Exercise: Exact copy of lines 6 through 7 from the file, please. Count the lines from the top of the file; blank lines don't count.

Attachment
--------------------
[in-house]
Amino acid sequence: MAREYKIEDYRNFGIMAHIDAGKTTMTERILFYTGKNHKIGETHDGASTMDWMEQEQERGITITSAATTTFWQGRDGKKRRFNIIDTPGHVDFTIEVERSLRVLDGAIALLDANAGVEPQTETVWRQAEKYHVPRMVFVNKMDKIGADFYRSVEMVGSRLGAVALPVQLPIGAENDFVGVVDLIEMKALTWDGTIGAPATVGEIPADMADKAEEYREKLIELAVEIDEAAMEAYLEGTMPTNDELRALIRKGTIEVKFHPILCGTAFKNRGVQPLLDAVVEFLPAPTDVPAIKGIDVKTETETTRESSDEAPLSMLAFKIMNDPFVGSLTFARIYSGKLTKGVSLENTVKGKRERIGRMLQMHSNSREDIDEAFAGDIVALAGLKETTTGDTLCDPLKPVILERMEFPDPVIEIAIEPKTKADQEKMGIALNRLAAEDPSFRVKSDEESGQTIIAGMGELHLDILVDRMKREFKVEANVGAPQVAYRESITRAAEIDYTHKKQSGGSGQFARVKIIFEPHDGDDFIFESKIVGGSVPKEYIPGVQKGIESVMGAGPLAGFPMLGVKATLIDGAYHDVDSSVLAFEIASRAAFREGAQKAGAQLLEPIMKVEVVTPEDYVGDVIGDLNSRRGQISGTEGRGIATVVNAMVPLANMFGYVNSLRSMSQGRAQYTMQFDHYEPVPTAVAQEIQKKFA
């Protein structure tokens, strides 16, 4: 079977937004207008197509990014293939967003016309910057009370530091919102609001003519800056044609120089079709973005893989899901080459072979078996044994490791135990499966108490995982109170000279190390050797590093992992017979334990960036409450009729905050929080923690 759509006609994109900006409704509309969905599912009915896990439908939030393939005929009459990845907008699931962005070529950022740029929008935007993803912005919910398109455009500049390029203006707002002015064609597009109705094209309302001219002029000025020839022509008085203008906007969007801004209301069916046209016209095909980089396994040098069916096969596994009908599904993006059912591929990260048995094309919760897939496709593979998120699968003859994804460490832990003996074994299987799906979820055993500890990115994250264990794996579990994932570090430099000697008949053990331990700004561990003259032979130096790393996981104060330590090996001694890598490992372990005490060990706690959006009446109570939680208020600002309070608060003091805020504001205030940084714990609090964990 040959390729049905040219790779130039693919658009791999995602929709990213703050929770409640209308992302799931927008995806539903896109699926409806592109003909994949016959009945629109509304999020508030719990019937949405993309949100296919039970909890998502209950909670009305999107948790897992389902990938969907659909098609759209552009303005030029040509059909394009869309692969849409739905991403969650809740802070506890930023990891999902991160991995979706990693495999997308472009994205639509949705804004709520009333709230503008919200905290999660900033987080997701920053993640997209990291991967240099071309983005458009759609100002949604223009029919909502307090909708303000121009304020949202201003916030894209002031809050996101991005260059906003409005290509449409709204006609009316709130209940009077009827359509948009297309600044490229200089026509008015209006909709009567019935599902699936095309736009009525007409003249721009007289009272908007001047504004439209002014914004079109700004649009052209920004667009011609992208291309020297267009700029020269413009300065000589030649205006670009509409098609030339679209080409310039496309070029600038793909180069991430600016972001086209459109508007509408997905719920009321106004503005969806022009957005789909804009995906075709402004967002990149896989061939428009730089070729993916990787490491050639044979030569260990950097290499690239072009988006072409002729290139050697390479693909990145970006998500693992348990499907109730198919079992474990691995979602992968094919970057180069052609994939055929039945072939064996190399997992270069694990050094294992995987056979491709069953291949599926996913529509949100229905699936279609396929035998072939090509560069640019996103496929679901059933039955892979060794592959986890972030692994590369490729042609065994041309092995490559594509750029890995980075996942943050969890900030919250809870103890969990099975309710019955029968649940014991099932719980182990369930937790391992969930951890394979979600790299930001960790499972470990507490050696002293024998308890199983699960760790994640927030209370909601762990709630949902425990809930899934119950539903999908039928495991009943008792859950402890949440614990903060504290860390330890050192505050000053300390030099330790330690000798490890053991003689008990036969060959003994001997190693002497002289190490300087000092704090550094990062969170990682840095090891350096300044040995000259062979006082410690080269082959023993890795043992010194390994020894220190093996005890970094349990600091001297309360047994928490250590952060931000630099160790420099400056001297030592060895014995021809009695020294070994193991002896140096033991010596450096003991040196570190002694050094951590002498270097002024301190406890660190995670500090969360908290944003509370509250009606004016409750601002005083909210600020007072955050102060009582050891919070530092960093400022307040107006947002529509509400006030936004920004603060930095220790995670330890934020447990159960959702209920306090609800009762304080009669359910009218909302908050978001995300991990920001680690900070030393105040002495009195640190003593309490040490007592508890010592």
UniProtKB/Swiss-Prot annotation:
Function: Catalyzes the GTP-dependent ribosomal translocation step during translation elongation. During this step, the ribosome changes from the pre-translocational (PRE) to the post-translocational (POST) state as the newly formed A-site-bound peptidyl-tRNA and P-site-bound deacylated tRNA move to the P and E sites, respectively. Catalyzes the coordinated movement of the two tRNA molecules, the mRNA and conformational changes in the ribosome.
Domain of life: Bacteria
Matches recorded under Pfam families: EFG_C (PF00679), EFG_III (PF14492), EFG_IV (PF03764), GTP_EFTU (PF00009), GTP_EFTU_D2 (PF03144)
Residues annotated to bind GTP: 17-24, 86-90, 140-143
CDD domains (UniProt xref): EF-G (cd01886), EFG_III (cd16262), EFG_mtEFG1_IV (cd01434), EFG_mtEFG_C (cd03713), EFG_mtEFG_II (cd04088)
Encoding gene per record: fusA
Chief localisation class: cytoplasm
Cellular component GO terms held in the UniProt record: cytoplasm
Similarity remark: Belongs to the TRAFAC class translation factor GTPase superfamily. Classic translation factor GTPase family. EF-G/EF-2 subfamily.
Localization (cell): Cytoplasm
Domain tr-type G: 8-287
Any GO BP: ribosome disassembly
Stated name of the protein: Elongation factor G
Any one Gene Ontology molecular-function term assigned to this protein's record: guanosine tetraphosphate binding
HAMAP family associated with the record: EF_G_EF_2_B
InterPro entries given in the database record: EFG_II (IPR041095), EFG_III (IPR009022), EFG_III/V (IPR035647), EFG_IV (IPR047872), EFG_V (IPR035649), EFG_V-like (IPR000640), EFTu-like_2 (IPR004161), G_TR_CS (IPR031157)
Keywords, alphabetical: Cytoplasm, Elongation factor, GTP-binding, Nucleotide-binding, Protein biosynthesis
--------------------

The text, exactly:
Domain of life: Bacteria
Matches recorded under Pfam families: EFG_C (PF00679), EFG_III (PF14492), EFG_IV (PF03764), GTP_EFTU (PF00009), GTP_EFTU_D2 (PF03144)